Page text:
15 Famous Mars Movies

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15 Famous Mars Movies

This entry was originally published on March 9, 2012.

In one of two blockbuster adaptations to showcase his shining star this year (the other being the inexplicable feature-length translation of a little game called Battleship), Taylor Kitsch leads the weekend as the title character in John Carter, leaping miles in a single bound and surely climbing the box-office charts too. John Carter's action, of course, unfolds on Mars, Earth's ever-cinematic neighbor. What other films have seen their heroes roam the red landscape or tussle with its residents? From buddy comedies to creature features to—wait for it—holiday fare, turns out there are quite a few.

Mars Attacks! (1996)

A veritable masterpiece alongside ugly CG ducklings like Alice in Wonderland and Charlie and the Chocolate Factory, Tim Burton's gonzo rendering of a 1960s trading card series is the blackest of sci-fi satires, its goodies ranging from the prescient merger of Sarah Jessica Parker's head with the body of a lapdog to the unabashedly abrupt vaporization of Jack Black. Sylvia Sydney, rest her dear soul, put the cherry on the cake with her immortal line of demented glee: “They blew up Congress! Hahaha!”

Robinson Crusoe on Mars (1964)

A well-regarded film that holds a spot in the Criterion Collection, Byron Haskins's Robinson Crusoe on Mars saw the sci-fi maestro follow his War of the Worlds and The Outer Limits with a picturesque Techniscope adventure, wherein a U.S. astronaut (Paul Mantee) crash lands on the red planet with a monkey as his ally. Bonus points galore for the presence of Adam West.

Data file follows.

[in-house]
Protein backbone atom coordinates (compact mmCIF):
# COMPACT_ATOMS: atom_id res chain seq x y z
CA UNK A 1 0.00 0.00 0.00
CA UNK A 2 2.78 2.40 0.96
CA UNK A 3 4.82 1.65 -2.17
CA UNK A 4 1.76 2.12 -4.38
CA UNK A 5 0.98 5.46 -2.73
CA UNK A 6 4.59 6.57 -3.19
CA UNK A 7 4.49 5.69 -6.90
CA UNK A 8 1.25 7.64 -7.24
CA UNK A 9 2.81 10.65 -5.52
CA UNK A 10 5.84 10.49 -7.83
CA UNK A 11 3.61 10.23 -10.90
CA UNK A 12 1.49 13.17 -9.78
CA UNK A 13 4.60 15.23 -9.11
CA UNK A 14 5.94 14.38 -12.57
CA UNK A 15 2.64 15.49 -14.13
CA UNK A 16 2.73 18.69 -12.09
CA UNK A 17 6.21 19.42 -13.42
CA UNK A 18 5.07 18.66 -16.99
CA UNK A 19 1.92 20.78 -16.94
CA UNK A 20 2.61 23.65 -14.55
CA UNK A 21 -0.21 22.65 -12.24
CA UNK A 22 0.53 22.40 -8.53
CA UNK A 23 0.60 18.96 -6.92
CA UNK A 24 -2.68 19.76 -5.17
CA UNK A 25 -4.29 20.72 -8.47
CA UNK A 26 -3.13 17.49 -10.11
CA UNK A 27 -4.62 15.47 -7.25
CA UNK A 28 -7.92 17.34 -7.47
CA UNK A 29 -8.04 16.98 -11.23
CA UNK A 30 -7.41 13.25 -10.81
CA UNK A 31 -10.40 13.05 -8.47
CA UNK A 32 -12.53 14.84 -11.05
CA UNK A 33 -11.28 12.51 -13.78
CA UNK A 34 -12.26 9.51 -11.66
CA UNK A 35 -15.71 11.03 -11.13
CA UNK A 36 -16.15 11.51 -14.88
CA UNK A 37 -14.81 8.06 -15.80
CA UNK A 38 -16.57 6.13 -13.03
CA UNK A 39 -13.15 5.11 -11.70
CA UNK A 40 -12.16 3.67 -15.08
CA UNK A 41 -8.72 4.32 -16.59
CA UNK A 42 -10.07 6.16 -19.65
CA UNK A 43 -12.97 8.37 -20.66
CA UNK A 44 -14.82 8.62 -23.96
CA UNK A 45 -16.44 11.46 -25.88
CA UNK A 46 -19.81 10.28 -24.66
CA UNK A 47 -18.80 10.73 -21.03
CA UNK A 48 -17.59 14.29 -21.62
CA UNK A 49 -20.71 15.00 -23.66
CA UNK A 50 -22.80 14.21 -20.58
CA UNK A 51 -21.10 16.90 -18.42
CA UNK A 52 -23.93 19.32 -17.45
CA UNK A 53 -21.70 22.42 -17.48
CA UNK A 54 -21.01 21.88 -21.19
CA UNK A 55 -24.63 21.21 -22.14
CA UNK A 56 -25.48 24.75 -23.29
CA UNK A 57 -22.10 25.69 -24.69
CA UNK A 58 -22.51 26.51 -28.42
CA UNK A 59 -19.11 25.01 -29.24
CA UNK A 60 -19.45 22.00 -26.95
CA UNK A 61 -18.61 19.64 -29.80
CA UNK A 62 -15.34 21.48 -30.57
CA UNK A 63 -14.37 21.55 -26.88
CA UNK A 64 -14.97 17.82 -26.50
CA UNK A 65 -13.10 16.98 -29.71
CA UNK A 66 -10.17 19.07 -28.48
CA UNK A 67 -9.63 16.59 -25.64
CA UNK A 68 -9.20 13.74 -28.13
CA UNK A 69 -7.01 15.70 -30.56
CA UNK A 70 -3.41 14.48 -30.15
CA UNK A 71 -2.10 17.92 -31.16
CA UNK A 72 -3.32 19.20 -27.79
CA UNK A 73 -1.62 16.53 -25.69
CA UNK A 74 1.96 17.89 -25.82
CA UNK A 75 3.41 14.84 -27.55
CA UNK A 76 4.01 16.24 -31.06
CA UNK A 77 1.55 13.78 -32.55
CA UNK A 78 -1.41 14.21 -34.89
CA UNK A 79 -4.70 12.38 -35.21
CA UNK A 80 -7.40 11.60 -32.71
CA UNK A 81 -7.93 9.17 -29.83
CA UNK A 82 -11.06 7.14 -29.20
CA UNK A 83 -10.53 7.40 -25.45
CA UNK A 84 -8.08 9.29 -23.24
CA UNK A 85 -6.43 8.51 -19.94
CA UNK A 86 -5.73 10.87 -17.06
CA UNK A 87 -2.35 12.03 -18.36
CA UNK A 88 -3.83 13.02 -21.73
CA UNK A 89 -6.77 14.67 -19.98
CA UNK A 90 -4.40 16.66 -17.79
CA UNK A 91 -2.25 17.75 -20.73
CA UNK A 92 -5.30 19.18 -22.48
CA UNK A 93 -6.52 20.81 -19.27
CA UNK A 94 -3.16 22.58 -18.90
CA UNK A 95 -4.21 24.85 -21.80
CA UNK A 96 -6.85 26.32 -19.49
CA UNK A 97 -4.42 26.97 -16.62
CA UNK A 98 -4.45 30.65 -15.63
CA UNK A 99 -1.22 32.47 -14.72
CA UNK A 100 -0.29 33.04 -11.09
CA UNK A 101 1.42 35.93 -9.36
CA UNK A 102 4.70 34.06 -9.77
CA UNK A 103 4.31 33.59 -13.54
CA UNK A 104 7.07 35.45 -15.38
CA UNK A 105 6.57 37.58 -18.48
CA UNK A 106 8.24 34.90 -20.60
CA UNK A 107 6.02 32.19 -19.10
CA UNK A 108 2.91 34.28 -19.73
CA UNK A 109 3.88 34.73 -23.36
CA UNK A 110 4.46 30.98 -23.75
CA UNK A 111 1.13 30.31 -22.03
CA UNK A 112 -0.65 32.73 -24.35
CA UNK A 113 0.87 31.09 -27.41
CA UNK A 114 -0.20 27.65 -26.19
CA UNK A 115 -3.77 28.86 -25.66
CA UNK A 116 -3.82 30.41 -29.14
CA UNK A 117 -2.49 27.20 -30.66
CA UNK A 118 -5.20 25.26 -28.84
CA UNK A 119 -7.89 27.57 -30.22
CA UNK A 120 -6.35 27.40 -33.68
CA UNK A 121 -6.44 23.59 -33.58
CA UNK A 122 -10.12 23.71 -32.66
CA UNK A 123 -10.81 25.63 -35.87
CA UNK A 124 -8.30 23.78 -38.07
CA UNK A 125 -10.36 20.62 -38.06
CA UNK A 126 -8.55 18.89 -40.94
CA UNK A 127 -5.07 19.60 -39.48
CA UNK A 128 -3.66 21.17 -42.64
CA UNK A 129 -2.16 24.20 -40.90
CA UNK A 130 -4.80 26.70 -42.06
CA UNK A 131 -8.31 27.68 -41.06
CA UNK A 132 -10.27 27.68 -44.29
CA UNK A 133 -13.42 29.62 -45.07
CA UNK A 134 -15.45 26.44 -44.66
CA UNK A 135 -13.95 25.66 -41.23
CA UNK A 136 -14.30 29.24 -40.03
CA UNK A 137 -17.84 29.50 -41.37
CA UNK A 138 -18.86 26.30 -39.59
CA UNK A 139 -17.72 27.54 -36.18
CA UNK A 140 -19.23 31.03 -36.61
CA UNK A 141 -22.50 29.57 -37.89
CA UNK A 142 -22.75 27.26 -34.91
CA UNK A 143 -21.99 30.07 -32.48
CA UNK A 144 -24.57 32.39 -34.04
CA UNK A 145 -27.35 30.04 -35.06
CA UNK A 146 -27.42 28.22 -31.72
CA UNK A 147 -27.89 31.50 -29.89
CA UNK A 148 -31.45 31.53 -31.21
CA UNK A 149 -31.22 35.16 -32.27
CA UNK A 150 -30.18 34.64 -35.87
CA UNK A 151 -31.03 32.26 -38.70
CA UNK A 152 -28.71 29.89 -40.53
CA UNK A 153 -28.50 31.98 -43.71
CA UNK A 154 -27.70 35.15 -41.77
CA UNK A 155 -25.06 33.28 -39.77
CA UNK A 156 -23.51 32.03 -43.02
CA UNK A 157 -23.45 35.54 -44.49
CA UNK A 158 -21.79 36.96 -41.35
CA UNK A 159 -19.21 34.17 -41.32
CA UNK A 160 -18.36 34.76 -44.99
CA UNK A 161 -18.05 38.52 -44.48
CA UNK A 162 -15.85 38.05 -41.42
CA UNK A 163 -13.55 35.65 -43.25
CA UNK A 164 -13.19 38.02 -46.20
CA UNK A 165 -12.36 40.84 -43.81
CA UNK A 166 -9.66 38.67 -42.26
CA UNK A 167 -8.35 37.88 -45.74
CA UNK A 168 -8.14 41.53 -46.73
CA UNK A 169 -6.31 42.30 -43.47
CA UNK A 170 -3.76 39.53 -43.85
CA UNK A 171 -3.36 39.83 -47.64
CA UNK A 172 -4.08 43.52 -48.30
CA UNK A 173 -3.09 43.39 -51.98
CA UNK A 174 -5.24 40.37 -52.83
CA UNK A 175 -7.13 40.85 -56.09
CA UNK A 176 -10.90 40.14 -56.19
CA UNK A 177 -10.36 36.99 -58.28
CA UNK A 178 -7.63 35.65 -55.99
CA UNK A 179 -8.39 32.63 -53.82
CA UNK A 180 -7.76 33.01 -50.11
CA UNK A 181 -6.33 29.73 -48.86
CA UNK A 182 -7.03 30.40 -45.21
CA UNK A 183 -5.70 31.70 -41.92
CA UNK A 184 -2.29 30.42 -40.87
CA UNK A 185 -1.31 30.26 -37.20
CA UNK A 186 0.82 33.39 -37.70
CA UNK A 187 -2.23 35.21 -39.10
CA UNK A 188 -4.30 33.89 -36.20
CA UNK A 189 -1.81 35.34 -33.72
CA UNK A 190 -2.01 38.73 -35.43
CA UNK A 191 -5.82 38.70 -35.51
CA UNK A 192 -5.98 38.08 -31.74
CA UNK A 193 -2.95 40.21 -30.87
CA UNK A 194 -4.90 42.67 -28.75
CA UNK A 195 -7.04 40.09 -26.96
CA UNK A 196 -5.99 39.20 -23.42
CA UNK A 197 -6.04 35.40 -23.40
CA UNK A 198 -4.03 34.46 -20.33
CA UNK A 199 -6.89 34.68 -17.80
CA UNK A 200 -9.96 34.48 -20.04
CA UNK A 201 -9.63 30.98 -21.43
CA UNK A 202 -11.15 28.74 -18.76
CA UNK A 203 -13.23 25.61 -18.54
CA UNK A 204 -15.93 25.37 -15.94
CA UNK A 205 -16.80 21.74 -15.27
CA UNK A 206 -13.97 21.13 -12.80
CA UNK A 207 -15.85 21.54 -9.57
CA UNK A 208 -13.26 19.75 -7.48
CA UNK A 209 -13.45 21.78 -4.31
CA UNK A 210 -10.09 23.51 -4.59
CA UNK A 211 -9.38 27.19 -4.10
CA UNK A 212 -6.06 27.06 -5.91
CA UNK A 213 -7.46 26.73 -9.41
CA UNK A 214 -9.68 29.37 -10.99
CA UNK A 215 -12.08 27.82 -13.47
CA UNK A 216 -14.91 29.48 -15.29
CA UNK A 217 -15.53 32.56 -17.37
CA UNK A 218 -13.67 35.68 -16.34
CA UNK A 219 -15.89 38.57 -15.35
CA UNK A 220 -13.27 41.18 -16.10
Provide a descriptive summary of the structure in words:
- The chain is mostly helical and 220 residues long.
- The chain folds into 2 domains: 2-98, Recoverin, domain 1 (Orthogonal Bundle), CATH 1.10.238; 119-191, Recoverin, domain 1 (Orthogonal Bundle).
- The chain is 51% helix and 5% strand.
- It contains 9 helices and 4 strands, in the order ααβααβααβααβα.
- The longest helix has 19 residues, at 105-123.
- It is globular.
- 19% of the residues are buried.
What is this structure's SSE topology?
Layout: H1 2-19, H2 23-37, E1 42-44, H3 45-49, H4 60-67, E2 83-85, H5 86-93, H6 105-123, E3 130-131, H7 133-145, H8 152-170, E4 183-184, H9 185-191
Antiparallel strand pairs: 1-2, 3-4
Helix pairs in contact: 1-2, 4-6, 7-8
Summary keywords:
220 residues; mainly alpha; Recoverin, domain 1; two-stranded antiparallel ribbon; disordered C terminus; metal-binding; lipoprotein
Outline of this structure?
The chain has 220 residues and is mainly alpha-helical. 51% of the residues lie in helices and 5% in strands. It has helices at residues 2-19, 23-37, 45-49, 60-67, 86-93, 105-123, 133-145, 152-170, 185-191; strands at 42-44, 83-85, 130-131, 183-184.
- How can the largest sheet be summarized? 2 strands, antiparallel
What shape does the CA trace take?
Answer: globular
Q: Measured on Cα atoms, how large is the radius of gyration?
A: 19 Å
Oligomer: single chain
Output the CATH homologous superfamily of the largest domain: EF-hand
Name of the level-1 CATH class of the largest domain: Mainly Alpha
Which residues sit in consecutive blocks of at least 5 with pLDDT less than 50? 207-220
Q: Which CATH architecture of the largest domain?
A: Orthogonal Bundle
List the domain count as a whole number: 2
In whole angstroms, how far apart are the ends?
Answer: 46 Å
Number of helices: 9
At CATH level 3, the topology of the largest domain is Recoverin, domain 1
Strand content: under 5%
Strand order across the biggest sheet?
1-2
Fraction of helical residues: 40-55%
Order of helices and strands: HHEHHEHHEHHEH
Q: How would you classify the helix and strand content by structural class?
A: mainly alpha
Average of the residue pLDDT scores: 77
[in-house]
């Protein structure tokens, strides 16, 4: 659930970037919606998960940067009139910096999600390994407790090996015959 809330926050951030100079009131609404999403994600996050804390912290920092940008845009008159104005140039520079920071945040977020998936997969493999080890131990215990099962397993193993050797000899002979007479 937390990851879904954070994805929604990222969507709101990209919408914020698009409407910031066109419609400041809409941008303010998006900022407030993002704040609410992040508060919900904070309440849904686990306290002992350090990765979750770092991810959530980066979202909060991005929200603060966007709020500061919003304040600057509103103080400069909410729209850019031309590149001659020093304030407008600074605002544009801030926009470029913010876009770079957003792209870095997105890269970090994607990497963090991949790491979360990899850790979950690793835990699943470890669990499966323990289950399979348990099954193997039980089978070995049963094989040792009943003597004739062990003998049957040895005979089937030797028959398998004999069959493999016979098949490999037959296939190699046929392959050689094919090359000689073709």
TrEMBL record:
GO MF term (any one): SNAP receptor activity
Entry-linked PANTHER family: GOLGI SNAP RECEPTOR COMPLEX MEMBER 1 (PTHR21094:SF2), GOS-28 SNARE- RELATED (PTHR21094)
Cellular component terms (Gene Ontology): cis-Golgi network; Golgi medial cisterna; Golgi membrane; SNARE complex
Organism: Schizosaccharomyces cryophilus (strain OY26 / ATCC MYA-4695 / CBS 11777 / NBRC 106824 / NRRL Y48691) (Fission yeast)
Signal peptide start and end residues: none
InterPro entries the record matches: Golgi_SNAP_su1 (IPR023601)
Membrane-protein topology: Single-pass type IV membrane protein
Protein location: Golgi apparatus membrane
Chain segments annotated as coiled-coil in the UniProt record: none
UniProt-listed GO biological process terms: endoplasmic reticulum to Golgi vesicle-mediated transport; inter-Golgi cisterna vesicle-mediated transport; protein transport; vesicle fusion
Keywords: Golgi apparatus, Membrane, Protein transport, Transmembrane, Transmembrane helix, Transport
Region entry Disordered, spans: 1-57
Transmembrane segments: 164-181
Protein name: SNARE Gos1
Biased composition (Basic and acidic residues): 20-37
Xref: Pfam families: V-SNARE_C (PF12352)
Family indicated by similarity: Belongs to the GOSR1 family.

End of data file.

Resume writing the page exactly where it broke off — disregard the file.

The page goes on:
Red Planet (2000)

Part of the rush of Mars films that accompanied Y2K, the seemingly slick but instantly forgettable Red Planet featured Val Kilmer and red-hot Matrix maven Carrie Anne-Moss as Earthlings of a not-too-distant future, where the destruction of our world sets humanity's eyes on Mars. The astronauts don their spacesuits to investigate the terraforming colonization project underway on the neighboring planet, and though things, inevitably, go terribly wrong, at least the effects look polished.

Rocketman (1997)

Predating, by one year, his popularity peak in There's Something about Mary and Half-Baked, RocketMan gave comedian Harland Williams an out-of-this-world Disney vehicle, which shot his character, a nerdy NASA designer, off to Mars for the first manned mission. The film was a disastrous flop, so much so that even the home video was out of print for a long stretch. Ironically enough, direct-to-video is about the only work Williams is getting these days.

Invaders from Mars (1953)

The 1950s marked the heyday of astro-paranoia, and among the many memorable genre films to be born out of the era was William Cameron Menzies's Invaders from Mars, which starred Helena Carter and Jimmy Hunt and bowed just before the initial explosion of 3-D. Billing itself as “A nightmarish answer to The Wizard of Oz,” the movie includes ambiguous dream elements and centers around a boy who finds out Martians are getting up in people's heads, y'all.



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